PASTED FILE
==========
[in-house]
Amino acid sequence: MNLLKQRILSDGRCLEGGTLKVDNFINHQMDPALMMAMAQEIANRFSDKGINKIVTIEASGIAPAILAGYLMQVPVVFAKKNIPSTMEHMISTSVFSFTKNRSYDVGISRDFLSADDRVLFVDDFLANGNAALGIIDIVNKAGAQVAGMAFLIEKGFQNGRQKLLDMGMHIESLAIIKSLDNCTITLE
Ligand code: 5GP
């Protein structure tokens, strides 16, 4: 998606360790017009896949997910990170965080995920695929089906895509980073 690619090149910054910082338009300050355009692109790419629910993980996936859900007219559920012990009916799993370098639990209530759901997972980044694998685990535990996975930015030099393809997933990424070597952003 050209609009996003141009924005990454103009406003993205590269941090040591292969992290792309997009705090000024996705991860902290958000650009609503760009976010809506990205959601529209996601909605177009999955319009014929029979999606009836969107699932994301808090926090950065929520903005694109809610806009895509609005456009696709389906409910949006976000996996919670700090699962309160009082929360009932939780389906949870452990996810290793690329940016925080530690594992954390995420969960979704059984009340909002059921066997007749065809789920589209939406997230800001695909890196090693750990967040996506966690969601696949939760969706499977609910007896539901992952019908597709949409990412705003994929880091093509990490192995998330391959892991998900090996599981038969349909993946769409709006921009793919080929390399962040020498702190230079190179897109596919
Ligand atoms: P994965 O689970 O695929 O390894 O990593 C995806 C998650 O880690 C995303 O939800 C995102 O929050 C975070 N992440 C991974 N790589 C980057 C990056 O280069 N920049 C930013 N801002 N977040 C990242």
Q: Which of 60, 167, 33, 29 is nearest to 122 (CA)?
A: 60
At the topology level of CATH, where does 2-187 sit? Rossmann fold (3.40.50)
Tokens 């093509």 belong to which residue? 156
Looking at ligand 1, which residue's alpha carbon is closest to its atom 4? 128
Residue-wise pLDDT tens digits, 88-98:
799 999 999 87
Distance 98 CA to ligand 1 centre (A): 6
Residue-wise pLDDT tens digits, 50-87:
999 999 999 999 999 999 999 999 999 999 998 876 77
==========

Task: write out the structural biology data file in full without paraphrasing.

[in-house]
Amino acid sequence: MNLLKQRILSDGRCLEGGTLKVDNFINHQMDPALMMAMAQEIANRFSDKGINKIVTIEASGIAPAILAGYLMQVPVVFAKKNIPSTMEHMISTSVFSFTKNRSYDVGISRDFLSADDRVLFVDDFLANGNAALGIIDIVNKAGAQVAGMAFLIEKGFQNGRQKLLDMGMHIESLAIIKSLDNCTITLE
Ligand code: 5GP
């Protein structure tokens, strides 16, 4: 998606360790017009896949997910990170965080995920695929089906895509980073 690619090149910054910082338009300050355009692109790419629910993980996936859900007219559920012990009916799993370098639990209530759901997972980044694998685990535990996975930015030099393809997933990424070597952003 050209609009996003141009924005990454103009406003993205590269941090040591292969992290792309997009705090000024996705991860902290958000650009609503760009976010809506990205959601529209996601909605177009999955319009014929029979999606009836969107699932994301808090926090950065929520903005694109809610806009895509609005456009696709389906409910949006976000996996919670700090699962309160009082929360009932939780389906949870452990996810290793690329940016925080530690594992954390995420969960979704059984009340909002059921066997007749065809789920589209939406997230800001695909890196090693750990967040996506966690969601696949939760969706499977609910007896539901992952019908597709949409990412705003994929880091093509990490192995998330391959892991998900090996599981038969349909993946769409709006921009793919080929390399962040020498702190230079190179897109596919
Ligand atoms: P994965 O689970 O695929 O390894 O990593 C995806 C998650 O880690 C995303 O939800 C995102 O929050 C975070 N992440 C991974 N790589 C980057 C990056 O280069 N920049 C930013 N801002 N977040 C990242």
Q: Which of 60, 167, 33, 29 is nearest to 122 (CA)?
A: 60
At the topology level of CATH, where does 2-187 sit? Rossmann fold (3.40.50)
Tokens 């093509």 belong to which residue? 156
Looking at ligand 1, which residue's alpha carbon is closest to its atom 4? 128
Residue-wise pLDDT tens digits, 88-98:
799 999 999 87
Distance 98 CA to ligand 1 centre (A): 6
Residue-wise pLDDT tens digits, 50-87:
999 999 999 999 999 999 999 999 999 999 998 876 77